Report: Middleboro therapeutic school didn't stop bullying, self-harm
BOSTON >> An advocacy organization for people with disabilities has released a report alleging a school for children and young adults with psychiatric issues has failed to prevent and properly respond to student suicide attempts and other acts of self-harm.
The Disability Law Center's report on the Chamberlain International School in Middleboro, released on Monday, says the school also has failed to investigate and stop bullying and says some staff members have verbally harassed students.
The school's chief administrative officer, Sarah Norfleet, said the investigation by the law center was "designed to discredit and defame the school and put it out of business."
"The idea that our school is neglectful and abusive is in complete contrast to the experience of the vast majority of our students and parents," Norfleet said.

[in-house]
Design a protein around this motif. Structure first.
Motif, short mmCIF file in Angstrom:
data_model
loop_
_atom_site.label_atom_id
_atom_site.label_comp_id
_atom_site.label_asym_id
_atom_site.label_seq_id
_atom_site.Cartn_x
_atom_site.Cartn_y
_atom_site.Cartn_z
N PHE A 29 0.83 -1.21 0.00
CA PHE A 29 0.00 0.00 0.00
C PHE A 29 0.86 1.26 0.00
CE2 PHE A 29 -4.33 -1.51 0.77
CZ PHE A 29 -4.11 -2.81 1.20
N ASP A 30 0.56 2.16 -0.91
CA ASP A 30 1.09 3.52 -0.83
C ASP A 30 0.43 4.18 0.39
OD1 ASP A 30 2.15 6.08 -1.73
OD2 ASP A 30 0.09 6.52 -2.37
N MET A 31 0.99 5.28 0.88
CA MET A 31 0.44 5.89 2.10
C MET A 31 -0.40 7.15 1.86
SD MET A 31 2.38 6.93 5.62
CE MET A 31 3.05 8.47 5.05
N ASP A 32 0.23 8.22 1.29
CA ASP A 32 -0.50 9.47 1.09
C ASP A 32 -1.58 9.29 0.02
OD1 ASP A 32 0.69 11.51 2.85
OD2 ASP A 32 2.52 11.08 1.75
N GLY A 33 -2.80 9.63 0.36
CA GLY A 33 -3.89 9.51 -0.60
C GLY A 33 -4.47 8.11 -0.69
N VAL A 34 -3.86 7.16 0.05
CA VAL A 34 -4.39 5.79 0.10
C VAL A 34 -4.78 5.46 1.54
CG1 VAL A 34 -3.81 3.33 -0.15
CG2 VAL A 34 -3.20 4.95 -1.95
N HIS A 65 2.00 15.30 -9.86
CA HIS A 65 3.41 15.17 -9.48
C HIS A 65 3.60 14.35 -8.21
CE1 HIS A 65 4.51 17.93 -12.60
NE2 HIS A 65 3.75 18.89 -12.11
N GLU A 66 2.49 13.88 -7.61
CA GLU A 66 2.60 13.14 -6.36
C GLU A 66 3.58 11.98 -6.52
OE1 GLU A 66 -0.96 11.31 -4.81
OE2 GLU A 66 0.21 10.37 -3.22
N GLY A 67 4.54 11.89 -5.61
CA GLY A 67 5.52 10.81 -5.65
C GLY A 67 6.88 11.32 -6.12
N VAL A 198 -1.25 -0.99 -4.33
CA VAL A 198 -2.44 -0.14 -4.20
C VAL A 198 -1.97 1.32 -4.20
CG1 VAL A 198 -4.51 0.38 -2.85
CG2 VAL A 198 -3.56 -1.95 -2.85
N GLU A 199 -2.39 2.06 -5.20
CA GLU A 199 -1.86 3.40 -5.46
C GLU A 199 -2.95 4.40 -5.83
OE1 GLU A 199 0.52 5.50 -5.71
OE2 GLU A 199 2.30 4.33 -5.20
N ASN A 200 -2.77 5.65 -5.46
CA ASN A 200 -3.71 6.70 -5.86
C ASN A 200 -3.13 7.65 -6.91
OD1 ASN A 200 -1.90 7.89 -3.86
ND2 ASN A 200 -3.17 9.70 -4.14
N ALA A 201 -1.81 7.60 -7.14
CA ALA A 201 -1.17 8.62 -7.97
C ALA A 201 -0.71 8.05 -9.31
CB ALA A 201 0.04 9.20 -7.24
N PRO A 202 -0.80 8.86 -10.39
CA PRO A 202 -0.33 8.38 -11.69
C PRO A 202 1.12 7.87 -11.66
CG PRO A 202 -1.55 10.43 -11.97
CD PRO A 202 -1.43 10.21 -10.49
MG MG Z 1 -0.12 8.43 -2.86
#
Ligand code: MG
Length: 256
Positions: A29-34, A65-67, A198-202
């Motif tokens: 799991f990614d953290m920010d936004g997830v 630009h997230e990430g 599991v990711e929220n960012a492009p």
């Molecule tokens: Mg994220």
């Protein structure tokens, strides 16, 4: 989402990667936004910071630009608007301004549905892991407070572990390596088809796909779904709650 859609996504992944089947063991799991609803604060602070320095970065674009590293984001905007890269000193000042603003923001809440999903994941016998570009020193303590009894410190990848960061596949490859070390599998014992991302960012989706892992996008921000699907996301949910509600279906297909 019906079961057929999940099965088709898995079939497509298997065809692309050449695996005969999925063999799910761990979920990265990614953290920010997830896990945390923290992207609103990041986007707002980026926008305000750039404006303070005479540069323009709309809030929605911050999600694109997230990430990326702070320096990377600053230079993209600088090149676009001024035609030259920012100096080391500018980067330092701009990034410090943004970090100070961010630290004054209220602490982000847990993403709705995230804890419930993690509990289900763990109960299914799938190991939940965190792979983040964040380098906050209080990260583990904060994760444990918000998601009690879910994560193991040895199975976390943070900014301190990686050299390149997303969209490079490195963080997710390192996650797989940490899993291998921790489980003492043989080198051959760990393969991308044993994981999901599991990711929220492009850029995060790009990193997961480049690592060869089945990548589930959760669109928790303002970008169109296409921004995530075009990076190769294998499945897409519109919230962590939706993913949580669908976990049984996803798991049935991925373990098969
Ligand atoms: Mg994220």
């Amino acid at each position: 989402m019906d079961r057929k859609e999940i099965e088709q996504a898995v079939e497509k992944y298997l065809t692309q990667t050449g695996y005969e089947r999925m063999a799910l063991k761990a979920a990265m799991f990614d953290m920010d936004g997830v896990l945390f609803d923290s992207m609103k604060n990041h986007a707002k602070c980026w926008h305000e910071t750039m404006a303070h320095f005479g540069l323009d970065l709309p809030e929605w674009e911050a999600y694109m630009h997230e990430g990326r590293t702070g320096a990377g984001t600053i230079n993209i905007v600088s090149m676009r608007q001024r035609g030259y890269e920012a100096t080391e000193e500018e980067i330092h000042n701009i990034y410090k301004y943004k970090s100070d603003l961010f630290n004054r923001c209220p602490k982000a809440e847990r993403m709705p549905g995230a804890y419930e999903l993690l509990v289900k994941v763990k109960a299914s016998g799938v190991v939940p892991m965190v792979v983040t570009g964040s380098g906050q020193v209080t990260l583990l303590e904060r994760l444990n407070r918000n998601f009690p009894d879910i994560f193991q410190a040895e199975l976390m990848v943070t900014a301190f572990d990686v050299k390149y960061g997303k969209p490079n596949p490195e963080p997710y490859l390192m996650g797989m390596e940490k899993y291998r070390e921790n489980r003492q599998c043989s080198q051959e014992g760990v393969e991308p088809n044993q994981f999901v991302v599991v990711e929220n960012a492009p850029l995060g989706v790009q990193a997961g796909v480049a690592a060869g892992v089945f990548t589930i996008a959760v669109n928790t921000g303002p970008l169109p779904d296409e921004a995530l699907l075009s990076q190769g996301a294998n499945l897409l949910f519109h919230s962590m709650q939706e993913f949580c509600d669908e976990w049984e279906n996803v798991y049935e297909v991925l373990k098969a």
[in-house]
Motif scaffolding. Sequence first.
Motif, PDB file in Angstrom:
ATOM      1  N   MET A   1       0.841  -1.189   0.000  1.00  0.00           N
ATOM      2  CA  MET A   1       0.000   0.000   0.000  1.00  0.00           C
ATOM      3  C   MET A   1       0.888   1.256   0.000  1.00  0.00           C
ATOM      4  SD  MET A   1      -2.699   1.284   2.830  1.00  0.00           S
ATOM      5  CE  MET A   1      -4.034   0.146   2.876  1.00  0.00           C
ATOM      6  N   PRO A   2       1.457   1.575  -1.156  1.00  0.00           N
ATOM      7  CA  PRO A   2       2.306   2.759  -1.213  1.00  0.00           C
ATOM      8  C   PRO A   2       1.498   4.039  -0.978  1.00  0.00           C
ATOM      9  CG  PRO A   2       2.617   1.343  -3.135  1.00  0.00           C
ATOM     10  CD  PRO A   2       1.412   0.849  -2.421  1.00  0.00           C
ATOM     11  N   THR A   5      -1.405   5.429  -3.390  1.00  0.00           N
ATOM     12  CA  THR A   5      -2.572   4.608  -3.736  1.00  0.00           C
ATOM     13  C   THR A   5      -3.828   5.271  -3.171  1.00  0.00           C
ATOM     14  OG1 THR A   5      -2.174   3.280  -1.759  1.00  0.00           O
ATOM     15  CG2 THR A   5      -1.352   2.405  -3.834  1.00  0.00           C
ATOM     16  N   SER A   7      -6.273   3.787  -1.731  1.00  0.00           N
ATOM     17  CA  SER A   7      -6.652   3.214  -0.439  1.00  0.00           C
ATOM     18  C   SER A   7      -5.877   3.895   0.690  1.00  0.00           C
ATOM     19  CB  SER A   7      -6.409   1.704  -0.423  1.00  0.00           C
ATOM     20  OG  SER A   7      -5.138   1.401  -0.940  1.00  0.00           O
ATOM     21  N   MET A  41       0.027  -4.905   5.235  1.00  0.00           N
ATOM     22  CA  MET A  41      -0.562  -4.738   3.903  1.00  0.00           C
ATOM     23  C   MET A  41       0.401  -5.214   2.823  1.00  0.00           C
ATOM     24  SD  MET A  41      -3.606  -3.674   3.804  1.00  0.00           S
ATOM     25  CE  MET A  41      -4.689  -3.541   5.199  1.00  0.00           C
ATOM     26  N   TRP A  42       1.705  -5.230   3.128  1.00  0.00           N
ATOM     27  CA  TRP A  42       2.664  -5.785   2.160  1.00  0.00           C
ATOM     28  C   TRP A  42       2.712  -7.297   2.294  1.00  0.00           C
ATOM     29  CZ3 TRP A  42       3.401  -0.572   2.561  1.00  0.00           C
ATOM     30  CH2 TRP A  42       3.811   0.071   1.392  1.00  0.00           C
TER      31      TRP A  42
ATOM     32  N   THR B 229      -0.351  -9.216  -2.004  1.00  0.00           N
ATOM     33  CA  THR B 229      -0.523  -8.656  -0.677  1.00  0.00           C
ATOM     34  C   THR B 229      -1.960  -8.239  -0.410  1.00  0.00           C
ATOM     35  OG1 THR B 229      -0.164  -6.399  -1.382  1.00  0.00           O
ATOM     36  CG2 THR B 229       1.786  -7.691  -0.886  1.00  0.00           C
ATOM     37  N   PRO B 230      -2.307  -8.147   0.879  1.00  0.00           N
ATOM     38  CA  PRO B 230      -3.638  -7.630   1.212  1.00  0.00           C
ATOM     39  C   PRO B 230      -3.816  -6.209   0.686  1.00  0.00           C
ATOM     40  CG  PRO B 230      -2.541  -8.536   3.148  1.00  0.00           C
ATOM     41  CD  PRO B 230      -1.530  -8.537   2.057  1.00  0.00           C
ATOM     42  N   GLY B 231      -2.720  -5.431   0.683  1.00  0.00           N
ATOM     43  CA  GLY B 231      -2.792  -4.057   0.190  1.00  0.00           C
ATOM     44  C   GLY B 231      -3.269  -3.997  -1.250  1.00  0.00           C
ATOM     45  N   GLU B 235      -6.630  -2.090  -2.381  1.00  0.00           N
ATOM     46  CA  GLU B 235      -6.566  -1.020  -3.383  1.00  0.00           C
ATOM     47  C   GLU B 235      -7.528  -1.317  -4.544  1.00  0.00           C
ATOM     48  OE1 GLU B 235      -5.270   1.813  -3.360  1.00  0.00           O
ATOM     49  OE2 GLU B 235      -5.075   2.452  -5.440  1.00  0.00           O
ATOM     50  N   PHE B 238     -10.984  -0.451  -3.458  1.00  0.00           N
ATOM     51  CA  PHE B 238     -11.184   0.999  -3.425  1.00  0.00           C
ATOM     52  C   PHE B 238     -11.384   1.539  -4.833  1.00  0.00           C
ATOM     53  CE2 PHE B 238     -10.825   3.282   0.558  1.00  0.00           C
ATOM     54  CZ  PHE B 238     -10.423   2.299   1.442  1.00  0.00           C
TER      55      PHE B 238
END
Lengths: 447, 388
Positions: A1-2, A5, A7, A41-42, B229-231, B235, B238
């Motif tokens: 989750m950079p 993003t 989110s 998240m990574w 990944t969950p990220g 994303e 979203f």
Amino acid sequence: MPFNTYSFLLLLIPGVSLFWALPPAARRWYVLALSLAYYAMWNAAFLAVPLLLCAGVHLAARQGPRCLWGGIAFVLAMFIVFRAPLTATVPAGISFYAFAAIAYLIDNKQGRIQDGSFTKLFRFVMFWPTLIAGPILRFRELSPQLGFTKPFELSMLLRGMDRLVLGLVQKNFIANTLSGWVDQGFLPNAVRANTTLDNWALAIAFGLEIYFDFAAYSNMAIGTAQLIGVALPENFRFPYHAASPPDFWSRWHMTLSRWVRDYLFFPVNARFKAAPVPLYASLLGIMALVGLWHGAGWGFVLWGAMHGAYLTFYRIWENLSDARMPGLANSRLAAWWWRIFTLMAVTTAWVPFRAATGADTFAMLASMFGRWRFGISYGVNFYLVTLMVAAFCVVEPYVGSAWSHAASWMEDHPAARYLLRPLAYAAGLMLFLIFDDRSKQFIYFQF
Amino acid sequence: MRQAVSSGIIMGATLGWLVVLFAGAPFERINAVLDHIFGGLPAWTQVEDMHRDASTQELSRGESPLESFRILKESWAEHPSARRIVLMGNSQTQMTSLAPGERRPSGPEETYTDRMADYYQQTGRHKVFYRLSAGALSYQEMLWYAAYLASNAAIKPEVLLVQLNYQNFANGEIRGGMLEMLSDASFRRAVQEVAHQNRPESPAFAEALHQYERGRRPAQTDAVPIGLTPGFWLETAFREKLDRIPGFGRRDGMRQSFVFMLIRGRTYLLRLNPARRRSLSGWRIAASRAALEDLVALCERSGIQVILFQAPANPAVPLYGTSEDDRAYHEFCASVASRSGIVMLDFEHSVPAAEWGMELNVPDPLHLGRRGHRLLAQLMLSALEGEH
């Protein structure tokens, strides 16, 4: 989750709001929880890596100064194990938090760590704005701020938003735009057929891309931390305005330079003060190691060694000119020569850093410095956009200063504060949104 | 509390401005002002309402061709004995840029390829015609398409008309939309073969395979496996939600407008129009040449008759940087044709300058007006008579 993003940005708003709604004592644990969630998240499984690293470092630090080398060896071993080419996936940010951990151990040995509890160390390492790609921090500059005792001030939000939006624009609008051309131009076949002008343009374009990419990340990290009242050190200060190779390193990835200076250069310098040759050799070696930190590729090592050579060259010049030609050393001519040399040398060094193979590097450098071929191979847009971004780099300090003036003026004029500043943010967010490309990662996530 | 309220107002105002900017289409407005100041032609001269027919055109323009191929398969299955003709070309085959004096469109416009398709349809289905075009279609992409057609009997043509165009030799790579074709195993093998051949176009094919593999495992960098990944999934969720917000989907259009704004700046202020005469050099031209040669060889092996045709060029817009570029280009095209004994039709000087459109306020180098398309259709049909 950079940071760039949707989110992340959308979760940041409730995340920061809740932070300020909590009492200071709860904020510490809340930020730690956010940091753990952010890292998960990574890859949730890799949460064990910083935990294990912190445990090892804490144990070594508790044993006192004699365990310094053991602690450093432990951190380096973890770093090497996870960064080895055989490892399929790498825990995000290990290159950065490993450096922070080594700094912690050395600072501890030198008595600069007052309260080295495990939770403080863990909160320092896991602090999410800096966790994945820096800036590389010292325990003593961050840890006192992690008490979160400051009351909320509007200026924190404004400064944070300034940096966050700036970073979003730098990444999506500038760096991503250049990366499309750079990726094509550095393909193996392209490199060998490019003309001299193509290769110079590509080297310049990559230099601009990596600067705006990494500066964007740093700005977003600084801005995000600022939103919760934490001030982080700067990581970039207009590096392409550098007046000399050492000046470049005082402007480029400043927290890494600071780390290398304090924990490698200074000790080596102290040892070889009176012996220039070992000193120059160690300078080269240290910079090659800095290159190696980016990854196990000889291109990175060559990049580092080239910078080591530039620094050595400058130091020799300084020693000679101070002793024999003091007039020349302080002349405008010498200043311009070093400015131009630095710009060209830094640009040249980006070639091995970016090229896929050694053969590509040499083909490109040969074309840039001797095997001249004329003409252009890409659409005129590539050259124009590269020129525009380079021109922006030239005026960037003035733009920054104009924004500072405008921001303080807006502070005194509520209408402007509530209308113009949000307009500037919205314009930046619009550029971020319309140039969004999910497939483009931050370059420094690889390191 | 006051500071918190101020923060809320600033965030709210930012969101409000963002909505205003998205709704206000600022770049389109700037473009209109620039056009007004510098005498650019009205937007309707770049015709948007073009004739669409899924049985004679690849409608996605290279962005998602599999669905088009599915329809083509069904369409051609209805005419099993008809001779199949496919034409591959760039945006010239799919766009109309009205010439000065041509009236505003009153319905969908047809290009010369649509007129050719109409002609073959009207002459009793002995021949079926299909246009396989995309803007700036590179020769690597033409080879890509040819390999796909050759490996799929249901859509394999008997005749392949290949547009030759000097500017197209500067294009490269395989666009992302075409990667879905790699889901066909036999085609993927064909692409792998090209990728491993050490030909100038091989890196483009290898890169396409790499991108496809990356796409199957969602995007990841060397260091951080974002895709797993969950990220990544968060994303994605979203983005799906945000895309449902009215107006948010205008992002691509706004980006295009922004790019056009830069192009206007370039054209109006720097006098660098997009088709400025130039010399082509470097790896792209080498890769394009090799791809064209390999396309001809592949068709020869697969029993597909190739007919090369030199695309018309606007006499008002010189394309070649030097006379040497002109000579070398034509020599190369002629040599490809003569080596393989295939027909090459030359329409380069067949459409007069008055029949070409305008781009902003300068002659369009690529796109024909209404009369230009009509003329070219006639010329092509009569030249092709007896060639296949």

Chamberlain has been operating since 1976 as a nonprofit day and residential private school serving about 100 students with educational and psychiatric needs.
The law center, in its report, said it interviewed current and former students, parents and school staff during a 15-month investigation. It cited seven students who had attempted to kill or harm themselves, including one student who ingested bleach and others who found broken glass and other sharp objects to cut themselves.
Lawyer Eric MacLeish, who represents the school, said many of the students expressed suicidal thoughts and had multiple psychiatric hospitalizations before arriving there.
"Virtually all of these kids have showed suicidal ideation before going to Chamberlain," he said. "What this school does is provide a therapeutic community for them and turns them around."
Chamberlain is licensed by the state Department of Elementary and Secondary Education and the Department of Early Education and Care. In a joint statement issued Monday, those agencies said they required Chamberlain to take corrective action "in instances where it was found to be out of compliance with regulations or policies." They said the school's approval status and group care licenses are in good standing.
The agencies said their staff will continue to review the law center's report.